Strip Nude for Your Killer

Even though it’s poorly written, relentlessly tasteless, has very few good points other than Edwige Fenech, and is packed full of gratuitously seedy garbage, Strip Nude for Your Killer entertains on that level that might make you feel like you need a shower afterward.

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The Bird with the Crystal Plumage

The Bird with the Crystal Plumage is the one that cemented the giallo’s tropes: the elaborate title, the artist protagonist thrust into the role of amateur sleuth, a sinister killer in black gloves, bizarre supporting characters, brutal murders, hyper-stylized art design.

Deadly Sweet

Deadly Sweet was inspired by Blow Up, but it lacks that film’s disillusionment. Tinto Brass thinks Swinging London is still swinging. Thus he turns in a decidedly less somber film despite a somewhat downbeat conclusion.

Blow-Up

In a sense, Antonioni has made a movie about the movie he is making, and his final conclusion, if it is indeed a conclusion, is a bit sad. Thomas chases the meaning of the photographs he has taken, but he never gets there. In the end, everything he has done vanishes.

High Spy: The Espionage Fiction of Adam Diment

Adam Diment created Philip McAlpine, a reluctant, shaggy-haired, dope-smoking spy in the latest Carnaby Street fashions. Like his creation, Diment was young, handsome, popular with the ladies, and knew how to dress. And then, just like that, he vanished.

Blood and Black Lace

When it came time for Mario Bava to turn in his version of a Hitchcock movie, he picked up on that underlying current of malicious giddiness and ratcheted it up. In Blood and Black Lace, Bava is a peasant let loose to demolish a nobleman’s home.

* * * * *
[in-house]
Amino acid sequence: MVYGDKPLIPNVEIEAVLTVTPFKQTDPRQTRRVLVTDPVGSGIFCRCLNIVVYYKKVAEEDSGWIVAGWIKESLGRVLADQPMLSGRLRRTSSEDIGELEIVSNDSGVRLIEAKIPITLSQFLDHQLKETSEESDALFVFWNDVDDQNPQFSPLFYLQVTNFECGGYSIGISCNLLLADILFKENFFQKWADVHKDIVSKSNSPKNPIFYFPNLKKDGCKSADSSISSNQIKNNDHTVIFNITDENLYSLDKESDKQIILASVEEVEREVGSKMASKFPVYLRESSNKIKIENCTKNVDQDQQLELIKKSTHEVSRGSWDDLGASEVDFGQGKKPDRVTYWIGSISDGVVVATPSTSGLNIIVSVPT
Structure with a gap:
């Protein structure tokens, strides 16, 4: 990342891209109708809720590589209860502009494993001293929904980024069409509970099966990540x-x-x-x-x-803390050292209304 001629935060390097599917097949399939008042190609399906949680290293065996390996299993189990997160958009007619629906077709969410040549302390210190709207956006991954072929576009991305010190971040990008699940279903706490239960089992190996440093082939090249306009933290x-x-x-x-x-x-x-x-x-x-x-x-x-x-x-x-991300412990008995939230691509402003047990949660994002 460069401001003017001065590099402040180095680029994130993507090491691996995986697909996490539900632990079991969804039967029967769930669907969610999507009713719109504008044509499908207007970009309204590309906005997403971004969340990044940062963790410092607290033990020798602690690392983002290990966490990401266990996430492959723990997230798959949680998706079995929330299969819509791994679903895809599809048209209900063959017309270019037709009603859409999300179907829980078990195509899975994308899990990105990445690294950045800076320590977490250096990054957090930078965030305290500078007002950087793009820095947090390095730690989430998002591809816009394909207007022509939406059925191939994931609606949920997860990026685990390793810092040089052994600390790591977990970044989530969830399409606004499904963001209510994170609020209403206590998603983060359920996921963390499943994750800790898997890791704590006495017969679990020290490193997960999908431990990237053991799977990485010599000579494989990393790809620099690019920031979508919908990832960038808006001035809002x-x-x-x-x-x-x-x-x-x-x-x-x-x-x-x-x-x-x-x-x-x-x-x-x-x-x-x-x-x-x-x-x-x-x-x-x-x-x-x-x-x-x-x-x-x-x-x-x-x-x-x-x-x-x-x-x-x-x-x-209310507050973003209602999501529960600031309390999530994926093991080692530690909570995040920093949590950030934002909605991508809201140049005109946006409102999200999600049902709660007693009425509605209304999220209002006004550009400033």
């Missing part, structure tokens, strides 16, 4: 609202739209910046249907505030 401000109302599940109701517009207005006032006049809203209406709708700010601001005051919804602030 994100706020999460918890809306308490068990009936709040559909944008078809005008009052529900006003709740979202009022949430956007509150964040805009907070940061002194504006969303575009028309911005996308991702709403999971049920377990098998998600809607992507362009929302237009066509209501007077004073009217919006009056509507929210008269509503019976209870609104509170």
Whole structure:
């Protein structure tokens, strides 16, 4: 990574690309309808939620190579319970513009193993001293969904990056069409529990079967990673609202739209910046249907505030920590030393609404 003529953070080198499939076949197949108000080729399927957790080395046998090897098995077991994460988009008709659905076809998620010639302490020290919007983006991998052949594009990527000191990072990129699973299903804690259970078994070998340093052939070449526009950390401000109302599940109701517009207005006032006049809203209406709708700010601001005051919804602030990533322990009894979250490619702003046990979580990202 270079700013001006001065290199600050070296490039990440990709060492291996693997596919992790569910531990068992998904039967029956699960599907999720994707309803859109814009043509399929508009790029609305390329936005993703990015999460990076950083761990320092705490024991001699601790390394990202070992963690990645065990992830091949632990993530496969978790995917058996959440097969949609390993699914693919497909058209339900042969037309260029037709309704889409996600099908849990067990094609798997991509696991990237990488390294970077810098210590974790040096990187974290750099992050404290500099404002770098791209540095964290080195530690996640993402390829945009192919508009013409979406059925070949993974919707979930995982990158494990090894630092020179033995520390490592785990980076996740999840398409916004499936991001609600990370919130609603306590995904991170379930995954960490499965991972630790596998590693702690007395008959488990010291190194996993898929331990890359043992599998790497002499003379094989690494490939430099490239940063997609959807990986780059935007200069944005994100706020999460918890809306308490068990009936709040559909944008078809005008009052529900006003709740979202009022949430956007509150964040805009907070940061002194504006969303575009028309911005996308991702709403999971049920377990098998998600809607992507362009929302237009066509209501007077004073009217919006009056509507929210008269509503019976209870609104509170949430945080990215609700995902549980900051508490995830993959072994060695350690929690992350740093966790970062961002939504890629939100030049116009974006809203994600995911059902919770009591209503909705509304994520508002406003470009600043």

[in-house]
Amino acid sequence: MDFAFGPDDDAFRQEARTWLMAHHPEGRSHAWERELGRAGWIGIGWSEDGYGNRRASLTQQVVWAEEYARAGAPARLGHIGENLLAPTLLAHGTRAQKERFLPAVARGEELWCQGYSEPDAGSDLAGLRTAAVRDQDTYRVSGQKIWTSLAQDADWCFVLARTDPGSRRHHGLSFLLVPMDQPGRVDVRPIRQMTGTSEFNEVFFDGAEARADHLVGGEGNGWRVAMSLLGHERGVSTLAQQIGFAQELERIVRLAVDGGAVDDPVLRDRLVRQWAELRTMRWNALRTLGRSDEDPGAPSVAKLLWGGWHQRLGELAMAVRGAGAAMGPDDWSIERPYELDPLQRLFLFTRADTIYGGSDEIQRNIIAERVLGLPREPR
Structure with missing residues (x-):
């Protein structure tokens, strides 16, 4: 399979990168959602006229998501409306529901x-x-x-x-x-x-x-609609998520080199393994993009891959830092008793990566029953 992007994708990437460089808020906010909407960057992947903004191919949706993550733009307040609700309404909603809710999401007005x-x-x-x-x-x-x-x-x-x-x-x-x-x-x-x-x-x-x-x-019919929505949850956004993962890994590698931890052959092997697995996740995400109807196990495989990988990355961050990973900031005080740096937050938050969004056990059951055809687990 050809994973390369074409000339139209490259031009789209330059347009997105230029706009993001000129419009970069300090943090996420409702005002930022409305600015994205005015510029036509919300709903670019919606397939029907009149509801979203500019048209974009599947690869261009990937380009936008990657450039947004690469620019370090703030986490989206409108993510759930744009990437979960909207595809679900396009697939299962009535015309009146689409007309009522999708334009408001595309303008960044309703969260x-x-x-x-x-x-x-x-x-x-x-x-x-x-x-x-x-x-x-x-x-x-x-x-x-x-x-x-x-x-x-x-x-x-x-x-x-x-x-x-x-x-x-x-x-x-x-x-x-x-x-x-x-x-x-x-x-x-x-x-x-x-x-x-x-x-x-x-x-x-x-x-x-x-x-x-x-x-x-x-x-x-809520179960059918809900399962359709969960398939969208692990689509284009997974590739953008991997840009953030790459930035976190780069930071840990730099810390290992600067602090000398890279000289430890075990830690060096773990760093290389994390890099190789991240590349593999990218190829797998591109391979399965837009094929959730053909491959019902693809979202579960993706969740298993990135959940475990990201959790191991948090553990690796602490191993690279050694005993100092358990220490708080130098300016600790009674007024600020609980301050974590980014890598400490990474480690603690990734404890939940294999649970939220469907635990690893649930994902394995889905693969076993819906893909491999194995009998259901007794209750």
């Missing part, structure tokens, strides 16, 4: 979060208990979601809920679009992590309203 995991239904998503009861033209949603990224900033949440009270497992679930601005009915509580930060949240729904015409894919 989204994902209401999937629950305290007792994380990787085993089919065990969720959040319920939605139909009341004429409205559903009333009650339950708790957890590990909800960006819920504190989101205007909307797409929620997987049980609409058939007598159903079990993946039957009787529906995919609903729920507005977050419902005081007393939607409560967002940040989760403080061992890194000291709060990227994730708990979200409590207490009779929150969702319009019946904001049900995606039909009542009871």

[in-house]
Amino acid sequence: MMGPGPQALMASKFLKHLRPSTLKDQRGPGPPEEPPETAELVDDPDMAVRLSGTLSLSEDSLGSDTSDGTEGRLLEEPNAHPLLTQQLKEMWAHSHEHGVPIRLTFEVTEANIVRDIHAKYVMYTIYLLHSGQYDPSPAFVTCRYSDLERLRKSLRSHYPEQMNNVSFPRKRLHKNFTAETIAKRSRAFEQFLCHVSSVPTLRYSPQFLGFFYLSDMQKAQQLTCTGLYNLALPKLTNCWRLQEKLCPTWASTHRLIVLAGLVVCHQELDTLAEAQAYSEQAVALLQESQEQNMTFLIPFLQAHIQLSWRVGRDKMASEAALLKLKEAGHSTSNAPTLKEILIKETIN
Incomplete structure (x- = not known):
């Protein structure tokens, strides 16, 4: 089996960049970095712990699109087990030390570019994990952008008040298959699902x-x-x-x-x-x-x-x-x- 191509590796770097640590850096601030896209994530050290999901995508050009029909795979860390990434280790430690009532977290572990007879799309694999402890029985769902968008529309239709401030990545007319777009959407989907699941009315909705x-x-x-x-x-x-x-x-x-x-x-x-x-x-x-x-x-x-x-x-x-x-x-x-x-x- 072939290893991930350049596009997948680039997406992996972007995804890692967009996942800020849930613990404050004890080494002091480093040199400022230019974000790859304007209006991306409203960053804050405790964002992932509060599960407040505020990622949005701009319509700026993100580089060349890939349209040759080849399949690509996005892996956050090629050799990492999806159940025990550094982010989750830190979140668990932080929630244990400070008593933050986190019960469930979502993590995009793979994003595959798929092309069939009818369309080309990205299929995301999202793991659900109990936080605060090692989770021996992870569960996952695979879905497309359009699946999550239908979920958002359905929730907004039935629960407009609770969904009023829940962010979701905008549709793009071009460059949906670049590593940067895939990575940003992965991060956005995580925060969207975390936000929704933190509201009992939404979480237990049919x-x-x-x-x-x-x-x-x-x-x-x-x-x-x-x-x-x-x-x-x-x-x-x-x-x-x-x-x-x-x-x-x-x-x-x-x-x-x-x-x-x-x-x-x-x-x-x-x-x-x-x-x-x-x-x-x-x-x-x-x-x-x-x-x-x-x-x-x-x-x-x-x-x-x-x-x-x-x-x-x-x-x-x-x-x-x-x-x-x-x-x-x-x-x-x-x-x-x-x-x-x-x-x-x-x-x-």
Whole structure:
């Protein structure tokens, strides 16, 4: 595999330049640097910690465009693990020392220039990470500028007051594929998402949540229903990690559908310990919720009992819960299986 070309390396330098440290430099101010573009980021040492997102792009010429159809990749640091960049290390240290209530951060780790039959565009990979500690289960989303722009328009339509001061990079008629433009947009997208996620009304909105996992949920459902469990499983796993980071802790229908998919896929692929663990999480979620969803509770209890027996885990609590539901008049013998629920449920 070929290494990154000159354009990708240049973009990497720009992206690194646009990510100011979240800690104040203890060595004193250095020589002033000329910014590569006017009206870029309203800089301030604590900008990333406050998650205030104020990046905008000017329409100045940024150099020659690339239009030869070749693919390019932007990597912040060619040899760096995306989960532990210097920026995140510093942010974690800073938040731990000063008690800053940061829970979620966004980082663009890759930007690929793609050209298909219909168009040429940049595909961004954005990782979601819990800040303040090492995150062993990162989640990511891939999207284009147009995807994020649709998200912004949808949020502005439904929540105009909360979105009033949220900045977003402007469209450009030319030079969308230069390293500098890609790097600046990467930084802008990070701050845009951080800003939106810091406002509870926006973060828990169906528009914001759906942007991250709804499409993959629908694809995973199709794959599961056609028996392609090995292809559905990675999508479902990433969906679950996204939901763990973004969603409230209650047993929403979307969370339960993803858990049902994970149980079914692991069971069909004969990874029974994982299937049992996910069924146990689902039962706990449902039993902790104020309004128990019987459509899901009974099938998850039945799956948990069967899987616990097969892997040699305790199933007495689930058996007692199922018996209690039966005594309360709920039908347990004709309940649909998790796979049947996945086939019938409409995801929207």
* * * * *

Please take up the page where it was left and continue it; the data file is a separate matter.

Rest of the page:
Bruno Nicolai: The Case of the Bloody Iris

It was common for Italian exploitation films to be graced with a soundtrack that was much better than the film surrounding it. Such is the case with Bruno Nicolai’s score for The Case of the Bloody Iris.

The Girl Who Knew Too Much

Nora ventures onto unfamiliar streets and is soon set upon by a purse snatcher and knocked unconscious. When she comes to, she is horrified to see a woman staggering toward her. The woman collapses, revealing a knife in her back.

Ennio Morricone: Who Saw Her Die?

Morricone’s score is like a children’s church choir gone horribly, disturbingly awry. As accompaniment to a film that stalks the foggy labyrinths of Venice, you couldn’t ask for a more perfectly haunting and off-kilter collection of songs.

Bruno Nicolai: All the Colors of the Dark

Despite Morricone’s much deserved reputation, it’s probably Bruno Nicolai who deserves to be crowned king of the giallo soundtrack. He wrote quite a few. Most of them are very good. Many of them are great. All the Colors of the Dark is the best.

Ennio Morricone: The Bird With the Crystal Plumage

The score maintains this blend of offbeat styles that still manage to operate as a cohesive whole, becoming tenser and more threatening. It makes perfect sense in a film about the unreliable nature of perception.

La Dolce Amaro

The Americano seems a fairly nondescript drink with which to kick off such a legendary drinking career as that of James Bond, though it’s doubtful Ian Fleming was thinking that the Americano would be examined as the drink that started an international phenomenon.

Trout Fishing in Sicily

On his trip to Naples, Fleming is quick to lose interest in the city itself. Much of the Neapolitan chapter of Thrilling Cities is taken up by an of Ian Fleming’s audience with infamous gangster Lucky Luciano.

The Playboy Spy

The list of men who have been named as “the real James Bond” is long. Most of them insist there is no way they were the inspiration for 007. As far as he himself was concerned, Dusan Popov was much cooler than James Bond.